Hedge Xpress Sweet Box

Sarcococca confusa is commonly known as Sweet Box – a name it well deserves being both a member of the Box (Buxaceae) family AND blessed with gloriously scented flowers in, most unusually, the winter (December through to March). This alone would justify its place in the garden. The glossy black berries come later, adding further interest to its equally glossy, dark green foliage. The leaves grow up to 5cm long.

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Single Row

Length of your hedge (m) We recommend 0 plants for this length and when planting; our recommendation is to space each plant 25 centimetres apart.

Sweet Box

Sweet Box AGM hedging at-a-glance

Sweet Box

Foliage Type: Evergreen
Flowers: Small, sweet scented creamy-white flowers in winter
Hardiness: ✯✯✯✯✯
Ease of maintenance: ✯✯✯✯✯
Versatility:  ✯✯✯✯✯
Drought Resistance:  ✯✯✯✯
Soil type: Chalk, Clay, Sand or Loam
Wet/Dry: Prefers damp but well-draining soil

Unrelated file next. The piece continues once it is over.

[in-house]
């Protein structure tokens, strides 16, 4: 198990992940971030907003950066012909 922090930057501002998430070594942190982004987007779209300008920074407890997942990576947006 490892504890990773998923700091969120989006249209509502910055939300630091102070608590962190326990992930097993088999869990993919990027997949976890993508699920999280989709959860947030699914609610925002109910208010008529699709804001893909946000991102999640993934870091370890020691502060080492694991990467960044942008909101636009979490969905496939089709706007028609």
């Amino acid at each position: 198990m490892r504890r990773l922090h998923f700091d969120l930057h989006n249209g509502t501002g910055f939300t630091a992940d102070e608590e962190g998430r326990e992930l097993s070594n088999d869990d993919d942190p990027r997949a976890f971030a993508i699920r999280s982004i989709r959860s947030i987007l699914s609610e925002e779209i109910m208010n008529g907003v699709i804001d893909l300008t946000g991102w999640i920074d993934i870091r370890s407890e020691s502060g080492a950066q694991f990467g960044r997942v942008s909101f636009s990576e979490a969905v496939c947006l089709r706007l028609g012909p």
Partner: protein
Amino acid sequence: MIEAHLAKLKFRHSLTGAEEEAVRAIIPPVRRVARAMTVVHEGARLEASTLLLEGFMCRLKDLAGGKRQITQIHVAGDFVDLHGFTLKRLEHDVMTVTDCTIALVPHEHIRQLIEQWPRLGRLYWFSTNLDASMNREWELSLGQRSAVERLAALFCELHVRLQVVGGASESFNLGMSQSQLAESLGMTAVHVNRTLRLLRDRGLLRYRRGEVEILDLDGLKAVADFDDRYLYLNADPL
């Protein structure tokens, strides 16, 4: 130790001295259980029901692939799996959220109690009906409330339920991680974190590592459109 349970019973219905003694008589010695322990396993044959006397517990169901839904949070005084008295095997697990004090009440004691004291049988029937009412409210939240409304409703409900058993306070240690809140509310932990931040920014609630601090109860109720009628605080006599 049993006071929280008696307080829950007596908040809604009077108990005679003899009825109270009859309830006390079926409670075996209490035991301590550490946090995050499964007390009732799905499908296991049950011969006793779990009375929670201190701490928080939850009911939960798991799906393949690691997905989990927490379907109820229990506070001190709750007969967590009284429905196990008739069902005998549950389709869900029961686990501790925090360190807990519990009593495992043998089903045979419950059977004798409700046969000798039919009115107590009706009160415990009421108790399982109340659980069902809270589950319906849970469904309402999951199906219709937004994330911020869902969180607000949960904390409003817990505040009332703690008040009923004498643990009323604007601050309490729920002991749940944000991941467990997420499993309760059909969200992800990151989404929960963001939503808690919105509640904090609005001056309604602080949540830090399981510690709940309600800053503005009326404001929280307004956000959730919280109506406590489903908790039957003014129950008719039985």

Preferred situation:  Sun or Partial Shade
Height:  1.5m-2.0m
Spread:  1.0m-1.5m
Growth Rate:  Medium

Soil and Situation:Although a shade loving plant, keep its roots moist (but well-drained) in moderately fertile, humus-rich soil and it will happily cope with full sun. Plant facing any aspect offering a degree of shelter.

Maintenance: A doddle! Not especially fast-growing, trimming and mulching annually will keep it in shape and happy. It is truly forgiving of neglect, remarkably resilient to pollution and resilient to pests & diseases. Mulch after pruning.

Versatility: Left to its own devices as informal ground cover (great on slopes) or trimmed for a more formal look, few plants are less fussy or more forgiving in terms of soil and situation. And how many other plants offer the scent of summer in the middle of winter? Plant a clump by the back door and you can stick your head out in February and be transported to June.

And finally: Sarcococca confusa is often planted as ground cover but this is to miss a trick. With a little patience in can easily be trained and trimmed to create the best-scented formal hedge. Incidentally, the name Sarcococca comes from sarcos (fruit) and cocca (berries).